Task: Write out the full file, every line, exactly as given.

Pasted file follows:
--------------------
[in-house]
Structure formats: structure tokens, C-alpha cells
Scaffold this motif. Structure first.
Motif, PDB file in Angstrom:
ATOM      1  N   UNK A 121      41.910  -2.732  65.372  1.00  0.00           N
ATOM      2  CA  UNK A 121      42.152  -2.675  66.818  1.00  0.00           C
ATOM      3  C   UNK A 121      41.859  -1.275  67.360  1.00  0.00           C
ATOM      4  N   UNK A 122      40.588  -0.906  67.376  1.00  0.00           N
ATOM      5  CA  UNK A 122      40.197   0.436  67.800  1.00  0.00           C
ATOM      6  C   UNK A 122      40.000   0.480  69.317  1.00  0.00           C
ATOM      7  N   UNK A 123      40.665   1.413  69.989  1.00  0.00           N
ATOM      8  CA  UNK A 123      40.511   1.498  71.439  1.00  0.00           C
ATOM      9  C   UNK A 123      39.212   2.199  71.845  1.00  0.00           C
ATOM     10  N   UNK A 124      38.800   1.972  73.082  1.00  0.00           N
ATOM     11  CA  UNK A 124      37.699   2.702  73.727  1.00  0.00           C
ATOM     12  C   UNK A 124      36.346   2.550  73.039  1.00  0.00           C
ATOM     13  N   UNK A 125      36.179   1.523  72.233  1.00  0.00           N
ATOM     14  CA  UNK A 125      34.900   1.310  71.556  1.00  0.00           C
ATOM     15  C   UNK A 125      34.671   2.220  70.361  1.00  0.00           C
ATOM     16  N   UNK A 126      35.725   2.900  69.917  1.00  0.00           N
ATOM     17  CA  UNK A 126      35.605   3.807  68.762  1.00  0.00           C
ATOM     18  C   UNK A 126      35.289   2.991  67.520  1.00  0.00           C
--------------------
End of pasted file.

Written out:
[in-house]
Structure formats: structure tokens, C-alpha cells
Scaffold this motif. Structure first.
Motif, PDB file in Angstrom:
ATOM      1  N   UNK A 121      41.910  -2.732  65.372  1.00  0.00           N
ATOM      2  CA  UNK A 121      42.152  -2.675  66.818  1.00  0.00           C
ATOM      3  C   UNK A 121      41.859  -1.275  67.360  1.00  0.00           C
ATOM      4  N   UNK A 122      40.588  -0.906  67.376  1.00  0.00           N
ATOM      5  CA  UNK A 122      40.197   0.436  67.800  1.00  0.00           C
ATOM      6  C   UNK A 122      40.000   0.480  69.317  1.00  0.00           C
ATOM      7  N   UNK A 123      40.665   1.413  69.989  1.00  0.00           N
ATOM      8  CA  UNK A 123      40.511   1.498  71.439  1.00  0.00           C
ATOM      9  C   UNK A 123      39.212   2.199  71.845  1.00  0.00           C
ATOM     10  N   UNK A 124      38.800   1.972  73.082  1.00  0.00           N
ATOM     11  CA  UNK A 124      37.699   2.702  73.727  1.00  0.00           C
ATOM     12  C   UNK A 124      36.346   2.550  73.039  1.00  0.00           C
ATOM     13  N   UNK A 125      36.179   1.523  72.233  1.00  0.00           N
ATOM     14  CA  UNK A 125      34.900   1.310  71.556  1.00  0.00           C
ATOM     15  C   UNK A 125      34.671   2.220  70.361  1.00  0.00           C
ATOM     16  N   UNK A 126      35.725   2.900  69.917  1.00  0.00           N
ATOM     17  CA  UNK A 126      35.605   3.807  68.762  1.00  0.00           C
ATOM     18  C   UNK A 126      35.289   2.991  67.520  1.00  0.00           C